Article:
When you begin taking your pup out for walks aim to educate rather than strenuously exercise him — getting out will allow you to begin to introduce more new sights and sounds.
Long walks aren’t a good idea and can stress growing joints and muscles leading to future health problems; a 10 or 15-minute stroll two or three times a day will be plenty for most dogs until at least six months old (older for large breeds), when you can gradually increase the length of time you’re out for.
Some leads have poo bag dispensers built into them. If not, tie a couple of bags to the puppy’s lead each time you go out, or wear a waist bag with some in so they are always handy when needed.
Walk within the law
When you acquire a puppy, you will not only be taking on a new pet but certain legal responsibilities too. The main points to be aware of include:
- Every dog in a public place must wear a collar bearing the owner’s name and address.
- Dog fouling is illegal in many places — as well as causing a lot of antidog feeling. Don’t forget to carry poo bags when out and about so you can clean up after your pet, otherwise if you get caught you could end up with a fixed penalty fine.
- When out for walks, bear in mind that although you and your dog have a right to walk along public footpaths, this right does not extend to allowing him to wander on to adjoining land — it’s up to you to keep him on the path.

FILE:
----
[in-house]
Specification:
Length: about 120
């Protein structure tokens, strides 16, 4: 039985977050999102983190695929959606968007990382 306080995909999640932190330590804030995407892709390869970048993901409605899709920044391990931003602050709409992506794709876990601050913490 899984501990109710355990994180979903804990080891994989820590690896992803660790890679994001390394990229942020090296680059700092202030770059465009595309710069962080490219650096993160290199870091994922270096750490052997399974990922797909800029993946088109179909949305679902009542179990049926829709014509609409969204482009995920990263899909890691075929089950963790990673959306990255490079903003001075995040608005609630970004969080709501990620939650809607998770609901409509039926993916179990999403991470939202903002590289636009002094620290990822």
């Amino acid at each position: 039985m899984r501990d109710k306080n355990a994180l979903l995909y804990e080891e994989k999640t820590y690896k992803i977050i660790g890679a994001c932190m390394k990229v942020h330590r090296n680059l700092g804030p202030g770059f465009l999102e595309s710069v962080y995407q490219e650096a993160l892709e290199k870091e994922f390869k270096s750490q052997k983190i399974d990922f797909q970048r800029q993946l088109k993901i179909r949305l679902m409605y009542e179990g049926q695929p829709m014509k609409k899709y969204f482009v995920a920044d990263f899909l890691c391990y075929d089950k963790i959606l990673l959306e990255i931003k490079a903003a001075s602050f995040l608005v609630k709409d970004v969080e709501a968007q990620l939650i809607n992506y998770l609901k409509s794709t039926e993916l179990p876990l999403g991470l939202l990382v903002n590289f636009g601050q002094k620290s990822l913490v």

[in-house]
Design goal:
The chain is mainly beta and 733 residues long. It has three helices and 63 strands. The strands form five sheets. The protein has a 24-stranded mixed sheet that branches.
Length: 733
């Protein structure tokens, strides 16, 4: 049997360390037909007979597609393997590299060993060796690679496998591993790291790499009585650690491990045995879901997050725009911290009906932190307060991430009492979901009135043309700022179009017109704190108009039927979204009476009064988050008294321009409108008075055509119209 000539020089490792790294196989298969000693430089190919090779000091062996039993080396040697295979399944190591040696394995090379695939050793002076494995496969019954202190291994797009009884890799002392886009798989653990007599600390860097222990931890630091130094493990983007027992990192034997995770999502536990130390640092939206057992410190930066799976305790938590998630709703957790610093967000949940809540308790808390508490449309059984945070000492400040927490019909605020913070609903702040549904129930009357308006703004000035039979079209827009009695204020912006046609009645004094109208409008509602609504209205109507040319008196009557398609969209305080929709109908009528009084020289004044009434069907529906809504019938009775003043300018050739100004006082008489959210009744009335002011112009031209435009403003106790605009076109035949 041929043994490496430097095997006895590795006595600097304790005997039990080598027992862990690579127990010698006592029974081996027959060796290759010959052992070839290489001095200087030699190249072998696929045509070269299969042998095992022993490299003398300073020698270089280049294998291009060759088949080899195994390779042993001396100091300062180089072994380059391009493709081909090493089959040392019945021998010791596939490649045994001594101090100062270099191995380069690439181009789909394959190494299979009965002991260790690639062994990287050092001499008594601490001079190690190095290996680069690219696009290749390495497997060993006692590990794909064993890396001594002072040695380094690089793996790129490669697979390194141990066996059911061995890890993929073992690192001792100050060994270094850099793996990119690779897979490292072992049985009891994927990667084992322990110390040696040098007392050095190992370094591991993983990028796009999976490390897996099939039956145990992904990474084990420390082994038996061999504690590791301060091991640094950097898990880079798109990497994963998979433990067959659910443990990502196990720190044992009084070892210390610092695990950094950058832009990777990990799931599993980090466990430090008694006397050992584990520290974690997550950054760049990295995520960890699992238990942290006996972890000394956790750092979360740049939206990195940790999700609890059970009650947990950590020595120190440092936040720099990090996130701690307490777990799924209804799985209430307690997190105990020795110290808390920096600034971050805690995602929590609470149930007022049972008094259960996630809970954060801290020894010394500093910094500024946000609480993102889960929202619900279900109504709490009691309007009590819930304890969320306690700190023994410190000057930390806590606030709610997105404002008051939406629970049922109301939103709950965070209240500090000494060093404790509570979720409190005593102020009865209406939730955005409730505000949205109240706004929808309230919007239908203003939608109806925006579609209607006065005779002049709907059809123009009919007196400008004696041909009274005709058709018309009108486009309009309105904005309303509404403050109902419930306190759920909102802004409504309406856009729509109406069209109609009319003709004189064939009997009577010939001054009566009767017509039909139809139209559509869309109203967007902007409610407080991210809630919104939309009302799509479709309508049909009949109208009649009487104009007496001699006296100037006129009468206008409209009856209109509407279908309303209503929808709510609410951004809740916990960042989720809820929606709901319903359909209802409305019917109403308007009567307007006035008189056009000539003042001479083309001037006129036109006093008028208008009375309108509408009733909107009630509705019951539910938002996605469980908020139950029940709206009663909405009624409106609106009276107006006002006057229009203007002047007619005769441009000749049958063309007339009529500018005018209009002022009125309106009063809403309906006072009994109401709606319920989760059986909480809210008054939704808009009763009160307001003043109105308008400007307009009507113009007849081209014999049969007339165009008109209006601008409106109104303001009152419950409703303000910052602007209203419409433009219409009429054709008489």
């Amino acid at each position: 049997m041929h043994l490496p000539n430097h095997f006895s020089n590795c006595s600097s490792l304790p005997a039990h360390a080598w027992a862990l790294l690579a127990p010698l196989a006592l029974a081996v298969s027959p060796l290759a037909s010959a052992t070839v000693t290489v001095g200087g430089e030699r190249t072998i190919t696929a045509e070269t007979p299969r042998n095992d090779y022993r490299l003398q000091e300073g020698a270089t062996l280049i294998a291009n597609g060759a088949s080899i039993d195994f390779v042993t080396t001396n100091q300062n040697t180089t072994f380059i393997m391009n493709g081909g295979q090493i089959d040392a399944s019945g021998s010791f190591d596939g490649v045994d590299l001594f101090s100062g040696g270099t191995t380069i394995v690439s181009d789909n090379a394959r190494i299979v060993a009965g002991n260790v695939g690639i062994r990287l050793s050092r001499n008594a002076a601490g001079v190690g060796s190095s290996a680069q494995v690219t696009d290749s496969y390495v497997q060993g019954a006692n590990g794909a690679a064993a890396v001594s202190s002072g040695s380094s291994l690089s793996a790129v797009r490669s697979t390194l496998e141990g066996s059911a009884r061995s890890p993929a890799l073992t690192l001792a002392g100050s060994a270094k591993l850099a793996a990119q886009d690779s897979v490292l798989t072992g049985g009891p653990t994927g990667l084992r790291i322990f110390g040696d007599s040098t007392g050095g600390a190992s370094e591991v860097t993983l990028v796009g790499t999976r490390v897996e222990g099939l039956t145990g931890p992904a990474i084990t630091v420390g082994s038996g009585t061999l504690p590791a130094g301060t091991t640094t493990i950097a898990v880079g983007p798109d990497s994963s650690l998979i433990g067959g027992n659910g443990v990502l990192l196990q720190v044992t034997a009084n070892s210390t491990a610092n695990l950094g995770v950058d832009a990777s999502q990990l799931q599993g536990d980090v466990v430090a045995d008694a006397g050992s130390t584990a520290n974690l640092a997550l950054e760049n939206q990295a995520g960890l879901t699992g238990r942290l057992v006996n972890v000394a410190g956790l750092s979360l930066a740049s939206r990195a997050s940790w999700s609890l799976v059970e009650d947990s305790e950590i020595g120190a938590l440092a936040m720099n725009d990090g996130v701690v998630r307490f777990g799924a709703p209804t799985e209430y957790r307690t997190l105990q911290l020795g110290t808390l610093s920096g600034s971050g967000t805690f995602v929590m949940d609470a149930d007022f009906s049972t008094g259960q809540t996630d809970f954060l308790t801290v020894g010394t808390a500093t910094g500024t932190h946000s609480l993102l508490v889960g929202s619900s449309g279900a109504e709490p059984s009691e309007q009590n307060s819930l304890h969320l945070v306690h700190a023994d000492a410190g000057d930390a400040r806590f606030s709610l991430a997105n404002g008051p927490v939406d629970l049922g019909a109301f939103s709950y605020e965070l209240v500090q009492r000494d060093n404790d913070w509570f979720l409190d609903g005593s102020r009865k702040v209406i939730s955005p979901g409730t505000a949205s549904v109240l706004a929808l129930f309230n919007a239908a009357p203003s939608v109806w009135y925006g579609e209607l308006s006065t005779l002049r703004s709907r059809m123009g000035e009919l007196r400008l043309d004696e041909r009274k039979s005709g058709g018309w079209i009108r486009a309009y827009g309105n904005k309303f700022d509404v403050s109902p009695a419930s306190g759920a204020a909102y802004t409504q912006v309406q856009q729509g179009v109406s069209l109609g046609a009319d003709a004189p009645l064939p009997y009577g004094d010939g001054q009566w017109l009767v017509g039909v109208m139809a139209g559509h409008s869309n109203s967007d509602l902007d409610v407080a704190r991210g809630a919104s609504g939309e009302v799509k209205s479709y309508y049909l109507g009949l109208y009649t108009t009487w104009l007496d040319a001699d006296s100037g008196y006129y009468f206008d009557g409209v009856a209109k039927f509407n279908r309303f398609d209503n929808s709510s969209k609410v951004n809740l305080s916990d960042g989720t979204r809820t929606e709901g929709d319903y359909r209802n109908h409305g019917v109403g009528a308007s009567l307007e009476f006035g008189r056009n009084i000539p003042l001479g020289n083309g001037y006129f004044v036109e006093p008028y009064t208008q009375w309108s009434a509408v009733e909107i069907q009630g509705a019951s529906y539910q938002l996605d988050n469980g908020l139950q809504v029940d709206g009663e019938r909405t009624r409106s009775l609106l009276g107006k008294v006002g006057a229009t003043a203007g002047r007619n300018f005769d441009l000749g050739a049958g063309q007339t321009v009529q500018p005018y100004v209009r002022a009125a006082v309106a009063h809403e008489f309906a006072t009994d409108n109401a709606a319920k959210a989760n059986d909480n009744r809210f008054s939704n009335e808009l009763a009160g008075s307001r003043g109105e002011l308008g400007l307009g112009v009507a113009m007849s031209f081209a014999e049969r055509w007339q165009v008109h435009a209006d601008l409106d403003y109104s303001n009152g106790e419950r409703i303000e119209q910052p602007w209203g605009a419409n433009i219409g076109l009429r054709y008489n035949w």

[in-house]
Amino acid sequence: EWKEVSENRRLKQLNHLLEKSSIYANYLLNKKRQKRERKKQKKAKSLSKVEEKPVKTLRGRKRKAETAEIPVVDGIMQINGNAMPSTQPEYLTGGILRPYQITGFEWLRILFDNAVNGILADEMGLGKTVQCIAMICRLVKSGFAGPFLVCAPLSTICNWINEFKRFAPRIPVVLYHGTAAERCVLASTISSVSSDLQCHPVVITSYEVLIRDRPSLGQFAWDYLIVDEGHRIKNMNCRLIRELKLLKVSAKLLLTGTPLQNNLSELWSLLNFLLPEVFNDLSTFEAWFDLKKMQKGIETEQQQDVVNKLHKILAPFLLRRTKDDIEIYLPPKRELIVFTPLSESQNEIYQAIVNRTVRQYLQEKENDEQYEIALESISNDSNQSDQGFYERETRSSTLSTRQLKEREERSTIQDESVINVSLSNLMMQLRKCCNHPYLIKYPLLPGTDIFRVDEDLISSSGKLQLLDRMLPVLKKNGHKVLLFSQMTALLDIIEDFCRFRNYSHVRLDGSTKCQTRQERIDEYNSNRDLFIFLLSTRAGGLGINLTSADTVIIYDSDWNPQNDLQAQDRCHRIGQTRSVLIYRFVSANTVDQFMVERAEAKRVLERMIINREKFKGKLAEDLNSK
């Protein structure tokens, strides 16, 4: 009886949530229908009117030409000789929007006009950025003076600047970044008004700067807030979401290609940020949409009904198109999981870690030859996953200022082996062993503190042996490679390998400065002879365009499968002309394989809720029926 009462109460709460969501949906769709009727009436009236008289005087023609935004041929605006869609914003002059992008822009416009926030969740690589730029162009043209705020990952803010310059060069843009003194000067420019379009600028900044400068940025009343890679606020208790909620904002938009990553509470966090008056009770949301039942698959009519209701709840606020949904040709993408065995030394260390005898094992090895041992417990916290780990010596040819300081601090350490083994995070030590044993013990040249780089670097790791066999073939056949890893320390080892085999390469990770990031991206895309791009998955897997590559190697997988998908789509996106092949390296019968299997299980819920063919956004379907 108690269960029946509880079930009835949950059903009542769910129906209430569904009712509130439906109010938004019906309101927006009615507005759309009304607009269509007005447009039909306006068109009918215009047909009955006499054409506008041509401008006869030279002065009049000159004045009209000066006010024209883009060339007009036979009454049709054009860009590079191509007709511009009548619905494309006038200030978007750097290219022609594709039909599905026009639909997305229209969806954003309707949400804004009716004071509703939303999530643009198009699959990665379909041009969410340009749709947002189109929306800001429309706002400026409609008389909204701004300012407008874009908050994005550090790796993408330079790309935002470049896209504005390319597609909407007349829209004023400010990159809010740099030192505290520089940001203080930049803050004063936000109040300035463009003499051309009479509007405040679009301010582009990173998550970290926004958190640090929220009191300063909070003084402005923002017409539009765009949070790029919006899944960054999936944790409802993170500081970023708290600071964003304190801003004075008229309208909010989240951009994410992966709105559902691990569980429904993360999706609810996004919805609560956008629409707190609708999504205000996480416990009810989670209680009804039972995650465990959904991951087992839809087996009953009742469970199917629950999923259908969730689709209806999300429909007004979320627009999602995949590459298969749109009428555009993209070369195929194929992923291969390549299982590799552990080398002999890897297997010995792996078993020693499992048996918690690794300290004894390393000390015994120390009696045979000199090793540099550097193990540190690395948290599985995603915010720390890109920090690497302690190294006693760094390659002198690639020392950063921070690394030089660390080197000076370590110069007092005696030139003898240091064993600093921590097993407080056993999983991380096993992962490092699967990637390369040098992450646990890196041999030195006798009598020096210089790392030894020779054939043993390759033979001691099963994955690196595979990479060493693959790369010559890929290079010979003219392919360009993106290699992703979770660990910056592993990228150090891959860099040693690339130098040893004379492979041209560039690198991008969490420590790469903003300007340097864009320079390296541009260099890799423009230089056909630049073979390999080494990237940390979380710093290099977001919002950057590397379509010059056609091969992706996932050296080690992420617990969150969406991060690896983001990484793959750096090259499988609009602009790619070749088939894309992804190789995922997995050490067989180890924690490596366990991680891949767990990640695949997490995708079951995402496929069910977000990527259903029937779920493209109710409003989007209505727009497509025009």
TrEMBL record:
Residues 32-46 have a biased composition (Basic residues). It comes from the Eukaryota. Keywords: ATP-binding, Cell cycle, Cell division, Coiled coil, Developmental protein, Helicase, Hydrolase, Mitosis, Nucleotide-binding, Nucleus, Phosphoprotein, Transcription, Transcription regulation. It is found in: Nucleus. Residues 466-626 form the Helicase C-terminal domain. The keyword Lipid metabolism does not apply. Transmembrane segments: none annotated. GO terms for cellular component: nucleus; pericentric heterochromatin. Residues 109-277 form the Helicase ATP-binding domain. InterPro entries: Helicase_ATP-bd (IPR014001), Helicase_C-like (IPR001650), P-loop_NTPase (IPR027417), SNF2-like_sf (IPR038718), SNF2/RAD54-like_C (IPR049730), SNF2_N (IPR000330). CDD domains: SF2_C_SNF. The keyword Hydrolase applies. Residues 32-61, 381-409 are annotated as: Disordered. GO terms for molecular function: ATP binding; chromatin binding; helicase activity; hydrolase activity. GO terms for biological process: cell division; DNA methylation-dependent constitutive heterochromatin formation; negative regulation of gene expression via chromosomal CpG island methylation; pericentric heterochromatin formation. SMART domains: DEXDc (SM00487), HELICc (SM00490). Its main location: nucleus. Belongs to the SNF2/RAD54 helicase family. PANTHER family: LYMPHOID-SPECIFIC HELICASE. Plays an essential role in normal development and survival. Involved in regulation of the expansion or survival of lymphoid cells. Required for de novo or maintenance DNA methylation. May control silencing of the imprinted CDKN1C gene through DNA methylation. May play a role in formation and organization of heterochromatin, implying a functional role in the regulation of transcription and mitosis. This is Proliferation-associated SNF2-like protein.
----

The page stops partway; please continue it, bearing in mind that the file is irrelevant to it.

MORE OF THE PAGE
- When on any enclosed land containing livestock your dog should be kept under close control and as to what constitutes close control can be something of a grey area, it’s best to keep him on a lead. There can be severe penalties if he worries livestock — and the term covers not just inflicting actual physical injury but also chasing. Remember you shouldn’t allow him to chase wildlife either.
- Insurance is not legally necessary, but if your dog causes an accident or injury and you don’t have third party insurance cover you could find yourself personally liable.
- Since April 2016, legally all dogs in England (March 2015 in Wales) must be microchipped; failure to chip your dog could incur a fine.